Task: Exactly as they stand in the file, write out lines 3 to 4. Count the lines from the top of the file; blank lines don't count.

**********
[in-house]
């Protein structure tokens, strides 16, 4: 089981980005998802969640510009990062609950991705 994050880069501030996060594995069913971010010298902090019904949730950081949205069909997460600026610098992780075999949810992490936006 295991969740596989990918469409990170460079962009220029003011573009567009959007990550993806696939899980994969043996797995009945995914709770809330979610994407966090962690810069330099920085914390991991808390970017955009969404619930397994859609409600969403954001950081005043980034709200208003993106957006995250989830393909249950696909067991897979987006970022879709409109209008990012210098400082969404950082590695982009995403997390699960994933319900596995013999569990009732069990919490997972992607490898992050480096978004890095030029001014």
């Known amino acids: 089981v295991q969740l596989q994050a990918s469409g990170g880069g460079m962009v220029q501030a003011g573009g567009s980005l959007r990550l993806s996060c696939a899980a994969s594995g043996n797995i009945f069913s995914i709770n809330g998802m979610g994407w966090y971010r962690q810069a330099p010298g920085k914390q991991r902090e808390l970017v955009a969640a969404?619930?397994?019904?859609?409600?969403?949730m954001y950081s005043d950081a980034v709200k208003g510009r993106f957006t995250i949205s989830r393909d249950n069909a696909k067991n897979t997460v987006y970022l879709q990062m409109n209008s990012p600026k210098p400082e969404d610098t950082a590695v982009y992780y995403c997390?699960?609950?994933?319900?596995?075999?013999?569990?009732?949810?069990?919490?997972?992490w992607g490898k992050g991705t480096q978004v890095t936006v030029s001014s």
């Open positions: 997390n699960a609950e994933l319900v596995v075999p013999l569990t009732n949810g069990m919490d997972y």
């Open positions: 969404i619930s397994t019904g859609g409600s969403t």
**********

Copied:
């Known amino acids: 089981v295991q969740l596989q994050a990918s469409g990170g880069g460079m962009v220029q501030a003011g573009g567009s980005l959007r990550l993806s996060c696939a899980a994969s594995g043996n797995i009945f069913s995914i709770n809330g998802m979610g994407w966090y971010r962690q810069a330099p010298g920085k914390q991991r902090e808390l970017v955009a969640a969404?619930?397994?019904?859609?409600?969403?949730m954001y950081s005043d950081a980034v709200k208003g510009r993106f957006t995250i949205s989830r393909d249950n069909a696909k067991n897979t997460v987006y970022l879709q990062m409109n209008s990012p600026k210098p400082e969404d610098t950082a590695v982009y992780y995403c997390?699960?609950?994933?319900?596995?075999?013999?569990?009732?949810?069990?919490?997972?992490w992607g490898k992050g991705t480096q978004v890095t936006v030029s001014s």
């Open positions: 997390n699960a609950e994933l319900v596995v075999p013999l569990t009732n949810g069990m919490d997972y």